Proms become platform for good deeds, social change Sarah Kardonsky and Michael Pagano will be attending prom together at Division Avenue High School in Levittown, N.Y. Mike, who is autistic, is a big New York Jets fan. At left, Kaitlin McCarthy and Matty Marcone, students at Canton High School in Canton, Massachusetts (AP photos)
Proms become platform for good deeds, social change
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Proms traditionally have been a night of glamour and romance, complete with backstage drama over dates and dresses. But prom culture is changing and some teens now see prom as an opportunity to be inclusive rather than exclusive. They're using proms as vehicles for good deeds and to take a stand on issues that matter to them.

Teens are inviting classmates with autism to be their dates and one student group organized a prom for senior citizens. In Louisiana, a gay female student fought for the right to wear a tux and a museum now displays a prom dress worn by a student who spearheaded a racially integrated prom.

"Change can look like a prom dress," said Matthew McRae, spokesman for the Canadian Museum for Human Rights in Winnipeg. "We thought it was a great example of someone making a change at the community level."

Prom can be "a platform for social change," said April Masini, who writes the AskApril.com advice column. While some teens see prom as a night of playing grown-up by dressing in fancy clothes, for others, "their idea of being an adult is standing up for what they believe in."

Here are some stories about teenagers who, instead of worrying about how to fit in, used their proms to reach out to others or express their right to be different.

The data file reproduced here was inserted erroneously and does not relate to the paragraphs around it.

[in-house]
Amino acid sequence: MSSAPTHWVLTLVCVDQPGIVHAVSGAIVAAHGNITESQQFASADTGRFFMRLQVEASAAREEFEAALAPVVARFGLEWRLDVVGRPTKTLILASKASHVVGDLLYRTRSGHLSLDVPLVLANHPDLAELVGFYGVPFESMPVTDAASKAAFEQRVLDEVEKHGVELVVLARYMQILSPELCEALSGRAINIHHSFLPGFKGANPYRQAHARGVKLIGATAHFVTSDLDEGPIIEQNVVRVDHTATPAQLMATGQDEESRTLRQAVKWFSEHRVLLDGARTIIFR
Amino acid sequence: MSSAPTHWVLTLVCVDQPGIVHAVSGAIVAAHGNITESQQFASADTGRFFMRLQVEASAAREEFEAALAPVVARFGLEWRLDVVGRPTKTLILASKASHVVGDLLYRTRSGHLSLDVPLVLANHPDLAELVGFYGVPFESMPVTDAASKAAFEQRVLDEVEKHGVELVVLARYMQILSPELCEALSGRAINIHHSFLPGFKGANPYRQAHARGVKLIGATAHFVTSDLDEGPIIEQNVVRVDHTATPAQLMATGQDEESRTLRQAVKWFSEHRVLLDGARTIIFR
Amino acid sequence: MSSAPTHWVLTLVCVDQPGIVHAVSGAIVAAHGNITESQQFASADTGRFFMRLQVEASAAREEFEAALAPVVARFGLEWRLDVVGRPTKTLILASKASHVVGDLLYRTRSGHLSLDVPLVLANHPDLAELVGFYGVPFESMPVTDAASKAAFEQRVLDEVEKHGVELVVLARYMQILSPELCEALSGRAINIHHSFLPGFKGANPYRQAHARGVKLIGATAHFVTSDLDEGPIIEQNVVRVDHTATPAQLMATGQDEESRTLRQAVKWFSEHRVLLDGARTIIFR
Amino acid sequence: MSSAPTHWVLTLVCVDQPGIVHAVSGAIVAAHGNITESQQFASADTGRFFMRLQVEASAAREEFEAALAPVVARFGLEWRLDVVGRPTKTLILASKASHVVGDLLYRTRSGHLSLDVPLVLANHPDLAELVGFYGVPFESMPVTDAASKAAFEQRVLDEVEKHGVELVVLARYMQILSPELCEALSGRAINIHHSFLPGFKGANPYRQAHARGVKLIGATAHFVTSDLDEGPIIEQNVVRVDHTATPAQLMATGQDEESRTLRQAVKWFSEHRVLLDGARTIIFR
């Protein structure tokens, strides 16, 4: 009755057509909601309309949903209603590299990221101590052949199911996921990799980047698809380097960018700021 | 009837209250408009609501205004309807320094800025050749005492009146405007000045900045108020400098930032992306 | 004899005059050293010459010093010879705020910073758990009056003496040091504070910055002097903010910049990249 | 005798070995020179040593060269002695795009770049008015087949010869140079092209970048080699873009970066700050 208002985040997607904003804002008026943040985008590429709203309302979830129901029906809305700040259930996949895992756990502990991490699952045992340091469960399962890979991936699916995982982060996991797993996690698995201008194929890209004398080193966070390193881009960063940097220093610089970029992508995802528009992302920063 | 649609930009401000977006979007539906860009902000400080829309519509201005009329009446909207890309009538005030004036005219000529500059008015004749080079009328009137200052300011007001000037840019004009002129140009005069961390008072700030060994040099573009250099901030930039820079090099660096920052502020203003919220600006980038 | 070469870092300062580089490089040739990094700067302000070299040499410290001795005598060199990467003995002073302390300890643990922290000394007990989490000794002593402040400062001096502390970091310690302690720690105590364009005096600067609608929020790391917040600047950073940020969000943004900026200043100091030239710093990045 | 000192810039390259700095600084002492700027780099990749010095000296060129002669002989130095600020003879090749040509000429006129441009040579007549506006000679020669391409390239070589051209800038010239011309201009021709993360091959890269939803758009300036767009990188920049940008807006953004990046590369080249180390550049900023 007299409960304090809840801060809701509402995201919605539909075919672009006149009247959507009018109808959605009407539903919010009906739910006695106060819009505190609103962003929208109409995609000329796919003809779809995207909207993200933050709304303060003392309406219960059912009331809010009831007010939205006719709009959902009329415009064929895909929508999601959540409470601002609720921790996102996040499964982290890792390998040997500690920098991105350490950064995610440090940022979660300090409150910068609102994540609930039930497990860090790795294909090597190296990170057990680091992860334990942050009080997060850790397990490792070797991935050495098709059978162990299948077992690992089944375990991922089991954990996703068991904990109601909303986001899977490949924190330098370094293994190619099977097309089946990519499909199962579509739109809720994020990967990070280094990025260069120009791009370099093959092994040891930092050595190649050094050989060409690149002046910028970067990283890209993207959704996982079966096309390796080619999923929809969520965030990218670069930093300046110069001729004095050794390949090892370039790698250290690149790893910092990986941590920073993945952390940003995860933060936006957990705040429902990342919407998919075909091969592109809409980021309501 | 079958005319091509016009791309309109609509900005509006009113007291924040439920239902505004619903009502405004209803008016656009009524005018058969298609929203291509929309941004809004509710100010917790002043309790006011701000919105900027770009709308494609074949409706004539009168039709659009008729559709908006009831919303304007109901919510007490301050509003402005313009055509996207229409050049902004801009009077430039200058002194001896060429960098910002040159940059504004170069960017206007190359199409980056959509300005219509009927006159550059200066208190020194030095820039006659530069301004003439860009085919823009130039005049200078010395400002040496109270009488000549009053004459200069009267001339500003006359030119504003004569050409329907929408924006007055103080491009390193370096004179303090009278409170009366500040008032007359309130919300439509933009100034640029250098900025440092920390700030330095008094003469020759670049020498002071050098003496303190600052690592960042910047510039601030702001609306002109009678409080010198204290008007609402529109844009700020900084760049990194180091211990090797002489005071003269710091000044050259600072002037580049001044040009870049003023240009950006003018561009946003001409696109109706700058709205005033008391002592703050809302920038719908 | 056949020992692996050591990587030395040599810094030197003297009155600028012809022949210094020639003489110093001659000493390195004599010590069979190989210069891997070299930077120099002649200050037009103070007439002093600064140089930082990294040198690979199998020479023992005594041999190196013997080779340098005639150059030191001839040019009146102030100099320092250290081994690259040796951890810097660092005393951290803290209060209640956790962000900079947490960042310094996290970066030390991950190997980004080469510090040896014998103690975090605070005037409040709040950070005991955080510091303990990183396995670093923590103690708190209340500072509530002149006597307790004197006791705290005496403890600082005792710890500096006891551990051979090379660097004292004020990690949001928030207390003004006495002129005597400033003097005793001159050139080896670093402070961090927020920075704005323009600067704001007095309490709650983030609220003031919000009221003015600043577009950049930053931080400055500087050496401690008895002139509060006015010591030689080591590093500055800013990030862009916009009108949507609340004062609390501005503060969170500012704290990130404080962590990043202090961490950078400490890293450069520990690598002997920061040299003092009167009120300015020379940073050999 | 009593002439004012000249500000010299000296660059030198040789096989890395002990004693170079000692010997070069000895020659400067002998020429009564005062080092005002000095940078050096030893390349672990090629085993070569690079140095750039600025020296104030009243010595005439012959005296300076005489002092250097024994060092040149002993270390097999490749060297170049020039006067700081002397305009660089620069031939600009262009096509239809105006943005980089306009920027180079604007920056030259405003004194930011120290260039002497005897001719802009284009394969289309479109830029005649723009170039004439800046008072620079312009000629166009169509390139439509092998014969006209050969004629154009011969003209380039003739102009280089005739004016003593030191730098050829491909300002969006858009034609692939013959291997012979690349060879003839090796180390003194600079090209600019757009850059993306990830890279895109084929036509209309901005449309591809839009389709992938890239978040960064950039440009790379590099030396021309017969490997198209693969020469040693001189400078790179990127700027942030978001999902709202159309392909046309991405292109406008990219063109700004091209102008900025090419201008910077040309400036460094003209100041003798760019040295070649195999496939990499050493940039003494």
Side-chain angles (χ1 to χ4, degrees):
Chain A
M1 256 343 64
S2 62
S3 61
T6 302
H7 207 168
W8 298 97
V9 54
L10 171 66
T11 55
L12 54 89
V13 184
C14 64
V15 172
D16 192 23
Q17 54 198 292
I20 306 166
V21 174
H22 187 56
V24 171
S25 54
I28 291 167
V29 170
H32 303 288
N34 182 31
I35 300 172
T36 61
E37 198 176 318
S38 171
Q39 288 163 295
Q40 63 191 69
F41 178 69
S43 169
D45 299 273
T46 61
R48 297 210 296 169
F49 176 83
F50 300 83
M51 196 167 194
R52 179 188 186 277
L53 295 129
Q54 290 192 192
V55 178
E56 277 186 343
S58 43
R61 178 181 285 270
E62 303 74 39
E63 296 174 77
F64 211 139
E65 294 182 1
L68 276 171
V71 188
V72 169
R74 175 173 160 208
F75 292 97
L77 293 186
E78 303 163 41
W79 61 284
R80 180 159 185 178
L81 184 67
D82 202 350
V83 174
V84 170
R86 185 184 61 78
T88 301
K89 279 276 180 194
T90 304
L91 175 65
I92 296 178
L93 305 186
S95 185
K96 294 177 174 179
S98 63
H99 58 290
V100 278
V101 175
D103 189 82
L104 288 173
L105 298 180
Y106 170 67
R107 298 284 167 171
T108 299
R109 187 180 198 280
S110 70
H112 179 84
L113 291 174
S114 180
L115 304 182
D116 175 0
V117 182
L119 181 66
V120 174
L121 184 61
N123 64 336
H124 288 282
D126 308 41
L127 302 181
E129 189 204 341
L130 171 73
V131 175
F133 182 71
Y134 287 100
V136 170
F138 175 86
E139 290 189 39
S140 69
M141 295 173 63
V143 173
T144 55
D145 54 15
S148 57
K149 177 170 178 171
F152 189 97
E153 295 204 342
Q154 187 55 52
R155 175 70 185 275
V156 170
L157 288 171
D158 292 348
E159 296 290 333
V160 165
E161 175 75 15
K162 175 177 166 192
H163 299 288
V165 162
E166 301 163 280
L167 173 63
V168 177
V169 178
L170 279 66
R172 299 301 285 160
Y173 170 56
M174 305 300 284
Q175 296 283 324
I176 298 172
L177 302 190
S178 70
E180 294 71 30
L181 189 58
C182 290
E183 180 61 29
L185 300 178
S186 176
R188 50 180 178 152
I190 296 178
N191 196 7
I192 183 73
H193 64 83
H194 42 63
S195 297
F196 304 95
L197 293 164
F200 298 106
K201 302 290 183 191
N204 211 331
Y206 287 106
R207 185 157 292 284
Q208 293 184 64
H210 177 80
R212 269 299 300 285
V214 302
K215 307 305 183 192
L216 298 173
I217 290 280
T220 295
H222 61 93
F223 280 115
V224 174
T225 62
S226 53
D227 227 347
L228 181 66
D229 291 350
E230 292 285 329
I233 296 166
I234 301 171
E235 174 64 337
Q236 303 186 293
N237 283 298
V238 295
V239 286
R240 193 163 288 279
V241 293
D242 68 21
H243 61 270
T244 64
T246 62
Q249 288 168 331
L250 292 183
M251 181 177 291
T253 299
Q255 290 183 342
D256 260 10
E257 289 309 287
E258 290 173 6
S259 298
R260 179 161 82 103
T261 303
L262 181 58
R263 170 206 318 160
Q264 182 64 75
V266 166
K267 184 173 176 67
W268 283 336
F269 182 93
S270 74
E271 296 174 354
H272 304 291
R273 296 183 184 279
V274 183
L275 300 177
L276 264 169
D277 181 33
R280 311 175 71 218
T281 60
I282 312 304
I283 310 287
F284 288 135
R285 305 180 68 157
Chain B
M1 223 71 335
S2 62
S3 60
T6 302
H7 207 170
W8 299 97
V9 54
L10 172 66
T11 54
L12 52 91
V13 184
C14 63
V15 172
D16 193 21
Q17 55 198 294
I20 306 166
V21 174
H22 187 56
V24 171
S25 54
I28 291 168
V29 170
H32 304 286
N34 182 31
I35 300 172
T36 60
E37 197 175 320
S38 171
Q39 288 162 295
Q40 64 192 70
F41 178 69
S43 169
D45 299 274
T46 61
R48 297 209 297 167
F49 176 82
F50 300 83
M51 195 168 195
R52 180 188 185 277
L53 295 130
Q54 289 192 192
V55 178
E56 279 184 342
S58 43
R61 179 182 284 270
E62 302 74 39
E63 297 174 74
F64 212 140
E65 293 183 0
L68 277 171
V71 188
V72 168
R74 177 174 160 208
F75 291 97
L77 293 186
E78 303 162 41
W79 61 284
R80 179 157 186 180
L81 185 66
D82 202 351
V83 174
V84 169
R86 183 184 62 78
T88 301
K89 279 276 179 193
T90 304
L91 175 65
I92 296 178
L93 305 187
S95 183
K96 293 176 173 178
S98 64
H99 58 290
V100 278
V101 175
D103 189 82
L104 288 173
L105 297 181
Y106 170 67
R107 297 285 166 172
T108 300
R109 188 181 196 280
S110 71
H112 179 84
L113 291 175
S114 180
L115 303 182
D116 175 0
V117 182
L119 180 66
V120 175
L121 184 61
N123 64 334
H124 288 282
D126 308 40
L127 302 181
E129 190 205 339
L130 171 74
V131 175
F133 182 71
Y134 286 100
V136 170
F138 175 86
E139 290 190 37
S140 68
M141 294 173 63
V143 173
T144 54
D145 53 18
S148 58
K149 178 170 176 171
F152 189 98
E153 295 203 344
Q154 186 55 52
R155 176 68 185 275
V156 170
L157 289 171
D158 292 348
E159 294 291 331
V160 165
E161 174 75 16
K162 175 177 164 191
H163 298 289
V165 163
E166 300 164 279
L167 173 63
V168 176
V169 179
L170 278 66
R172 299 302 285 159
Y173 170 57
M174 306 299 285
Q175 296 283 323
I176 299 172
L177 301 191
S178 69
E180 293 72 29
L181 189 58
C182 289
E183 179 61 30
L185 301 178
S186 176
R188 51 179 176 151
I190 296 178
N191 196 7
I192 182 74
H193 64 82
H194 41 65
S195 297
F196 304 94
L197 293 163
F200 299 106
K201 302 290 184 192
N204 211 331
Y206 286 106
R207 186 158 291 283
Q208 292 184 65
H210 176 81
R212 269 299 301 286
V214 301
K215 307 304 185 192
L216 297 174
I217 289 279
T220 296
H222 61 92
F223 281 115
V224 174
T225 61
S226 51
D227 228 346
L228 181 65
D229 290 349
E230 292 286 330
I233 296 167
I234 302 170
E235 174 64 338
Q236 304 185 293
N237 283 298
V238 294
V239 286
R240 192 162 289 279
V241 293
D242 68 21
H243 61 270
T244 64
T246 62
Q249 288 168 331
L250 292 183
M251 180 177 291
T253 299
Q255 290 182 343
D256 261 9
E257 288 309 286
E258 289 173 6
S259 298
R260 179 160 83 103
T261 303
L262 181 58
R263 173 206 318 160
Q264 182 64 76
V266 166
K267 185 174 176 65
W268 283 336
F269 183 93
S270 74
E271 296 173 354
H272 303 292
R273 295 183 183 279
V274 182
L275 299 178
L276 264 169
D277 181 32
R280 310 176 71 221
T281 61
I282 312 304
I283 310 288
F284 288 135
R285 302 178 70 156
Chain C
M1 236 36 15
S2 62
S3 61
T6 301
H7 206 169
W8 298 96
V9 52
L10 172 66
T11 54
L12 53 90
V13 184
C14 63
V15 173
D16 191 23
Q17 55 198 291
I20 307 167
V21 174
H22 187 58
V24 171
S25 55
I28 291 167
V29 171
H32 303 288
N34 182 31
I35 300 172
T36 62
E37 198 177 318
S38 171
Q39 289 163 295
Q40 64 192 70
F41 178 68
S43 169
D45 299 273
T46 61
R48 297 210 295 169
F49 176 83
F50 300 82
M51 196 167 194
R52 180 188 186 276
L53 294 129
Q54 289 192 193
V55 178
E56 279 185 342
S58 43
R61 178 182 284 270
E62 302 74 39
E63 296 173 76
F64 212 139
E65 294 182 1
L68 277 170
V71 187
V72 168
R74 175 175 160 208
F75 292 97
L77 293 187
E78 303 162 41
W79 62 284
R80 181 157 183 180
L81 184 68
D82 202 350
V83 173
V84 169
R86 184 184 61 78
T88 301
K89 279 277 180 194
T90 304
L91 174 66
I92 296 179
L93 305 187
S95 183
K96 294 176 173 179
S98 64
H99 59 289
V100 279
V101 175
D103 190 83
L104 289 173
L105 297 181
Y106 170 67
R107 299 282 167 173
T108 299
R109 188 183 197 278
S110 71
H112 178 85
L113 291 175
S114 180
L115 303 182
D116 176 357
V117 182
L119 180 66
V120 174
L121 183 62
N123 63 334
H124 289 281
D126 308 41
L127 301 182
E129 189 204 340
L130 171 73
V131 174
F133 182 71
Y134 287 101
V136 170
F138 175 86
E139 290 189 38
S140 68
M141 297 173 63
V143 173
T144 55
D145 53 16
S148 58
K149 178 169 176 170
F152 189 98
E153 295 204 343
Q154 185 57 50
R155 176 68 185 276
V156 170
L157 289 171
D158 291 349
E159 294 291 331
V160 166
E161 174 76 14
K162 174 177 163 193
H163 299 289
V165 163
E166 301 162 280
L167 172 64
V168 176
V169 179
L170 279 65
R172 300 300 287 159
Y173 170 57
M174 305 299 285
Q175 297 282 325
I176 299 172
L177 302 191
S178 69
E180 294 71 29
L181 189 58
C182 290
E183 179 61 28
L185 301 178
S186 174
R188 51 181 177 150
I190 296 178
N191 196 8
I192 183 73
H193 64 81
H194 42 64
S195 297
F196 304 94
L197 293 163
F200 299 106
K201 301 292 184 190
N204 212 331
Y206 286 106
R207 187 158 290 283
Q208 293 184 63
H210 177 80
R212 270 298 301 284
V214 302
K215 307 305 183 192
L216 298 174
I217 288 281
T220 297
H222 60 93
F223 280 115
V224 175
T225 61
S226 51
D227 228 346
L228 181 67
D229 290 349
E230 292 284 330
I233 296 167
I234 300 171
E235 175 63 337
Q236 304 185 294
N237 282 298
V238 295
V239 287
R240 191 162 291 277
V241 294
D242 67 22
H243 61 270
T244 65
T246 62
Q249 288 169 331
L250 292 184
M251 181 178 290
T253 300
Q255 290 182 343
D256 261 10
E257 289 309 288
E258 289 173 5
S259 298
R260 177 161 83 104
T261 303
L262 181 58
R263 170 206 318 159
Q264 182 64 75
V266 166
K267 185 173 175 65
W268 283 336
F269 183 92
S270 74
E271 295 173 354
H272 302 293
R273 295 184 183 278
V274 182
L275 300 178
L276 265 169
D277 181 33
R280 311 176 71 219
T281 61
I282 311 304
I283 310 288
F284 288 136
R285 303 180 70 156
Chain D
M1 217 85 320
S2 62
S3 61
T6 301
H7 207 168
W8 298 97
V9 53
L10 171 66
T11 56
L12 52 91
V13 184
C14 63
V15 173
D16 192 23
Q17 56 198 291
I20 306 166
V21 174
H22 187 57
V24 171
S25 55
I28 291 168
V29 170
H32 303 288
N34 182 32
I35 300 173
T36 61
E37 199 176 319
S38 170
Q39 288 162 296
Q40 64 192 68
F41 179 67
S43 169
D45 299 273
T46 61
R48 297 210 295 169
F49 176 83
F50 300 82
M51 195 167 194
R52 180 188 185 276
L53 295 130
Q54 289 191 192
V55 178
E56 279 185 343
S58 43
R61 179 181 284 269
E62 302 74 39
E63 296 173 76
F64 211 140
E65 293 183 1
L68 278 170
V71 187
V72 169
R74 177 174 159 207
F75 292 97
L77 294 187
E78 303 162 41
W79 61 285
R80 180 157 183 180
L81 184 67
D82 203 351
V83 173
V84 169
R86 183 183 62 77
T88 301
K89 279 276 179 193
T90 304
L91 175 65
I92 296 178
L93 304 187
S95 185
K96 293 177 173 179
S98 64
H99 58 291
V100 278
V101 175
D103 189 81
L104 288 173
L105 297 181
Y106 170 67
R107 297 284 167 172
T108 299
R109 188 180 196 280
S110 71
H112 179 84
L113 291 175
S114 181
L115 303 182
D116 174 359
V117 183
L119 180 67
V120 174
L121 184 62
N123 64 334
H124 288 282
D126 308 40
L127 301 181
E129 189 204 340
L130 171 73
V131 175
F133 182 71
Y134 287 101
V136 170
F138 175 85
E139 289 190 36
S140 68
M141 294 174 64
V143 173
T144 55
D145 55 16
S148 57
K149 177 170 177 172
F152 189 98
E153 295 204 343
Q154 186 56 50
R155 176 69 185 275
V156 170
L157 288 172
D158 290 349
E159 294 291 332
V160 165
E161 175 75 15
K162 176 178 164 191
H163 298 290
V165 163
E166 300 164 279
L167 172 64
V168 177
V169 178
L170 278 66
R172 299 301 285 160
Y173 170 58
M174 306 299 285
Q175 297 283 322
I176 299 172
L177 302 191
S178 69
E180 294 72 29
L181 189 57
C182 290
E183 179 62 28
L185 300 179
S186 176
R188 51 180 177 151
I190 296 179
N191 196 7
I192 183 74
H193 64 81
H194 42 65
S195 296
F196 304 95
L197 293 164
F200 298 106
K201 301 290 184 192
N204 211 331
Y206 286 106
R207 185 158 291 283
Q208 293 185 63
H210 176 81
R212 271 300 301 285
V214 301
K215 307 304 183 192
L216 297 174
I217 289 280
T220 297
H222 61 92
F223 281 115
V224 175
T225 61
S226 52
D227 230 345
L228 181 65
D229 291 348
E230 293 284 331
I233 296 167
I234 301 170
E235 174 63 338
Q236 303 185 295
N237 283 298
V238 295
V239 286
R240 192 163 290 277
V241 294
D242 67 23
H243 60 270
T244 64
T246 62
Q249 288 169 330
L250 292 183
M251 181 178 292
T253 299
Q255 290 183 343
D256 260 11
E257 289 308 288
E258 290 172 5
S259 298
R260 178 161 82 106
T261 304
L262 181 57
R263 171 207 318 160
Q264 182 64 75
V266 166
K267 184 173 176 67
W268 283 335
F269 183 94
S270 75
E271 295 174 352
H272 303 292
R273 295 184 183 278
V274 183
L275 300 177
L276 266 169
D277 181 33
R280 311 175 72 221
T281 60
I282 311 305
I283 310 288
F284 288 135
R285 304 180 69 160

Kaitlin McCarthy, 17, is a high school junior in Canton, Massachusetts. Her schoolmate, Matty Marcone, has special needs and a range of medical issues.

"He's the sweetest kid," Kaitlin said. "I see Matty for who he is. I say, 'Oh, that's my buddy Matty,' not 'Poor Matty, he's dealing with this or that right now.'"

Matty told Kaitlin he wanted to buy Disney World for her.

"I said, if he's going to buy Disney World for me, I should bring him to the prom," said Kaitlin.

The whole school including Kaitlin's boyfriend joined the effort and Matty learned to dance. Special ed teachers and the school nurse chaperoned to help manage Matty's diabetes. The hockey team, which had previously chosen Matty as team CEO, made sure he had friends to hang out with in addition to Kaitlin.

Matty and Kaitlin ended up being crowned prom king and queen.

"A lot of the kids know his situation, that he's very sick, but they also respect him as a peer. This wasn't done out of pity," said Matty's mom Susan Marcone. "There was magic in the room that night."

Another kind of magic took place at Division Avenue High School in Levittown, New York, when senior Sarah Kardonsky invited a friend with autism, Michael Pagano, to the prom.

Michael had asked several girls to the prom but all said no.

"I was going to go by myself if I didn't get a date," he said, "but it turned out Sarah had a plan."

Michael is a New York Jets fan, so Sarah messaged Jets players via Instagram and asked for help making a video prom invitation. To her surprise, Antonio Cromartie and eight other Jets sent videos of themselves saying, "Mike, will you go to the prom with Sarah?" She stitched the videos together and it was shown one morning in school with the day's announcements.

"He's such a great kid, I didn't want him to go alone," said Sarah. "He had already been turned down so many times, I wanted to make it special for him."

The publicity led to a free limo, free tux and an appearance on "The Ellen DeGeneres Show." But here's what matters to Sarah: "People who worry so much about what dress to wear or who to go with, that's not what prom is about. Prom is about having a good time. You should just be surrounded by people who make you happy."

Claudetteia Love, 17, was barred from wearing a tux to the April 24 Carroll High School prom in Monroe, Louisiana, but after word of her quest got out, the dress code was changed with the support of the school board president.

"I am thankful that my school is allowing me to be who I am," she said.

"Proms are a very traditional part of the high school experience," said Asaf Orr, staff attorney at the National Center for Lesbian Rights, which supported her case. "Participating in those events as your whole self, that's really what it's about. These kids are saying, 'I want to go to this event, I'm not going to hide part of who I am.'"